www.greatinfusions.com: espresso cups and barista gear, showroom in Santa Cruz

How to prepare Turkish coffee

Postby kahvedelisi on Fri Mar 07, 2008 10:34 pm

...Split from Roasting for Turkish/Greek style coffee? by moderator; see kahvedelisi's introductory comments here...


cannonfodder wrote:Sorry about that. I don't get onto coffeegeek very often anymore. I obviously have a misunderstanding of the brew method. Every reference I have seen refers to three boiling, or maybe more appropriately three foamings.


Almost everything related to Turkish (including Turkish coffee) there aren't much written statements or clear descriptions. It's kinda "mouth to mouth" thing, you pass what you heard/saw from your elders to younger generation. Also we often don't feel the need to explain in detail what we do and how we do it, you watch and learn, there's no questioning in general. So we expect exactly same from other people, "watch and learn don't question it", when "unexpected" curious questions asked, such as "what's the brewing temperature, what's the exact fineness of coffee?" due to lack of knowledge we start "making up things" and our aim is to make curious observer happy :lol: I don't believe there's a single human being on earth including Turks) can come up with a logical explanation (other than "hygiene??" which makes me roflol) if someone asks "why bring coffee to boiling degree 3 times in a row?" The froth is essential in Turkish coffee, once it gets boiled you'll lose that froth so what's the purpose of doing it? To serve it extremely hot? That's also ridiculous, it will "again" lose temperature once you get it away from heat, I mean doing 3 times boiling thingie won't give you an extra warm cup of coffee for extra longer period of time. Anyways I hope you get the point and I was not too boring, just tried to explain a little "what's behind it". For short --> when people don't know the answers or if they haven't done some serious research on the subject, then they just make up an answer right there just to make you happy (or maybe to keep their reputation, I don't know). "That" is the main reason for "variations" of Turkish coffee, not the knowledge driven people.

cannonfodder wrote:The coffee should bloom and froth just before the boil if my observations are correct, unless you live at some ridicules altitude. I just may pick up an Ibirk to try it out. What style of coffee is used? I am sure not all blends work well for this brew type just as not all coffee makes good espresso. Is there a particular blend of beans that works well?


Right. We call it cezve though. It changes from country to country. Arabic countries call it ibrik. But in Turkiye ibrik is something else (you serve liquids with it) For instance pots used for mirra are ibriks, pitcher to be more precise. Cezve is more like a mini skillet (without lid etc). About blends and roasting I had written some info, just check previous messages in this thread.

Also I'm posting some pictures here to cover some questions about roasting, grinding, brewing turkish coffee (When it comes to taking pictures I'm the worst anyone can imagine, sorry for the quality) SHB Costarica tarazzu roasted to city+ ground with turkish mill, brewed in 1 cup sized copper cezve. Taken away from heat immediately after froth formed and poured into cup.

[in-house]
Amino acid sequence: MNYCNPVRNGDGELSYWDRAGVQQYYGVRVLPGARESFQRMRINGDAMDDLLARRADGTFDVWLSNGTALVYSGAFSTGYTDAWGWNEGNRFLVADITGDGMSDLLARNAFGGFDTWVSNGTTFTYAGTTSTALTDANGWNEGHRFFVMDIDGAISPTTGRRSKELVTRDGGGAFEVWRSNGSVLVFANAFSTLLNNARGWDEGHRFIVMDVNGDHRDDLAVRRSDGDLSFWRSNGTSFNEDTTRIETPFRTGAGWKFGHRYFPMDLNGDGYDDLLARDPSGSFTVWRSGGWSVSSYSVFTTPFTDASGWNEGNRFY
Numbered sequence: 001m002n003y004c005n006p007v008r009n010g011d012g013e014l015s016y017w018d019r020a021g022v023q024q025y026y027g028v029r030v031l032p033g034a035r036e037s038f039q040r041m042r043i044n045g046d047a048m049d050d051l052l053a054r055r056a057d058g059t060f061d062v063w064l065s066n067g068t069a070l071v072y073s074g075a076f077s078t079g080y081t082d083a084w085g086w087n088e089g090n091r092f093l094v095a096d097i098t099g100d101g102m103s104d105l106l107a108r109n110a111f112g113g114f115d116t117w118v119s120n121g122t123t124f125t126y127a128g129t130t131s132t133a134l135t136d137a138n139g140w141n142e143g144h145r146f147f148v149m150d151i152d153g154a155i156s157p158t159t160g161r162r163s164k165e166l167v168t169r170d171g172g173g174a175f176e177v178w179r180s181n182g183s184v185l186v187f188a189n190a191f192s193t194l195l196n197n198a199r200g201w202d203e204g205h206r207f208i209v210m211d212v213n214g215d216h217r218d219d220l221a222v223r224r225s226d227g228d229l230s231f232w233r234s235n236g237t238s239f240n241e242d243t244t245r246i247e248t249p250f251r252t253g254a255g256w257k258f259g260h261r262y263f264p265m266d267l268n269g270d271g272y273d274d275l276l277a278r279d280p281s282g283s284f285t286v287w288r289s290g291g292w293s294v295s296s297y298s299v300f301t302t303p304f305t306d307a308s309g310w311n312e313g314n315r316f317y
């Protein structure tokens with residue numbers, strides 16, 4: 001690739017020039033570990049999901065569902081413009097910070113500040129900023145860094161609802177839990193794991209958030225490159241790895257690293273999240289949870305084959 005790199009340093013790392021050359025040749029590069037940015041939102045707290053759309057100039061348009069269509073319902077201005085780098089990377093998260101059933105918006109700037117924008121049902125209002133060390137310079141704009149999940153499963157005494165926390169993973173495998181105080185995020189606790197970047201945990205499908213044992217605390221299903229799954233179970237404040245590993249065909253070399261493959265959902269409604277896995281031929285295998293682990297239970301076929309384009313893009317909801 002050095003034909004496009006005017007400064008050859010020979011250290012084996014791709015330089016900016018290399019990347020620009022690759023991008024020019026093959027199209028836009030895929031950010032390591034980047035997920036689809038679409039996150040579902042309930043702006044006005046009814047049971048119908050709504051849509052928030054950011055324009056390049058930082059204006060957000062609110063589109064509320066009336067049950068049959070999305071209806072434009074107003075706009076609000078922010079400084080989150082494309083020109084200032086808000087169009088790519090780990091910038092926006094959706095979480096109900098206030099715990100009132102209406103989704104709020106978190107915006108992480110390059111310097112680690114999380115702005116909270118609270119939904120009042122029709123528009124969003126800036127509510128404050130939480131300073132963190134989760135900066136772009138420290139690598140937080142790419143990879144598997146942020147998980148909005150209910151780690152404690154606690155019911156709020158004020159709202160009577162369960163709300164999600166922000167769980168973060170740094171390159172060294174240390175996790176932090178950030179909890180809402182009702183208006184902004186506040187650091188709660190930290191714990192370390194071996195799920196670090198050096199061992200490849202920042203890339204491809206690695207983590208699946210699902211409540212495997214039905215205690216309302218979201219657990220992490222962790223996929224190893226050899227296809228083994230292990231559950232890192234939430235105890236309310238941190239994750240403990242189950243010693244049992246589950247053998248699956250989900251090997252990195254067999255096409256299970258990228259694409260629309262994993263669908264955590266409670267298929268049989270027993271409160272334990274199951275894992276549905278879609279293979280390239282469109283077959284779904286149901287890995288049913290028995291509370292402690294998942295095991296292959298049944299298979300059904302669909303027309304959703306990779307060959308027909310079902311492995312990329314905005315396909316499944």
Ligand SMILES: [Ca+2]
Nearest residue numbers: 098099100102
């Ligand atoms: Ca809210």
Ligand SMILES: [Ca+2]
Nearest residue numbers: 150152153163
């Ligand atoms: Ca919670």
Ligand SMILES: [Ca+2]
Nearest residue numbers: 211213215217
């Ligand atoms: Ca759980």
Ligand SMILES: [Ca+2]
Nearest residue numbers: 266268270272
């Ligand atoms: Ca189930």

Image

Image

Image
Resistance is futile. You will be caffeinated!
User avatar
kahvedelisi
 
Posts: 125
Joined: Dec 06, 2007
Location: istanbul / Turkiye

Postby kahvedelisi on Fri Mar 07, 2008 10:39 pm

orwa wrote:Interesting to know that. In the Arabic countries they use a true powdery grind, that is, they will go for the finest grind possible, and it's not unusual for someone to complain if the dust at the bottom of the Funjan was not as smooth as wet flour. Moreover, in Saudi Arabia, as well as in the rest of the Peninsula, Bedouins has a simple device called Al-Mihbaj, which is pretty similar to the pot-type two-piece garlic and herbs crusher, but whose bowel has a longer and a narrower neck so that ground coffee would not escape upon continuous (and violent) hitting by the roundly-ended hitting rod. The Mihbaj does indeed produce something similar in feeling to flour, and seems to meet Bedouins' preference for their coffee, which I believe is considered Turkish coffee (they say simply "coffee"), but I am not sure. What do you think? an incorrect practice of the Turkish brewing method, similar to the three-boils rumor? or an acceptable variation :)?


If coffee is as fine as flour then you'll get a fincan full of muddy beverage which is not such pleasure to drink. little coarser grinding prevents this and you get a clearer cup of coffee telve (coffee grinds) sinks to bottom of the cup. A side note; cups (fincan) used for turkish coffee much much thinner than those used for espresso. Here's an example how thin it can be :P

Image

What bedouins call mihbaj we call dibek (but not using much anymore). So yes there's a specific grind size for "good tasting" Turkish coffee and it's a little coarser than Arabic and Greek coffee both for different historical reasons :) And I don't believe ultra fine grind is an incorrect practice of turkish coffee brewing. You dial your grinder for espresso brewing right? There's not an exact grind size for espresso brewing such as only 0,2 micron! Even if your grind is coarser or finer it's still espresso brewing, I believe it's same with turkish coffee brewing, fine or coarse, brewing method counts. Grind fineness affects the taste/look of beverage it doesn't change the brewing method. Besides there will always be variations, many things changed in time (especially last 150 years) but there's not enough communication among these nations/cultures anymore to convey those changes.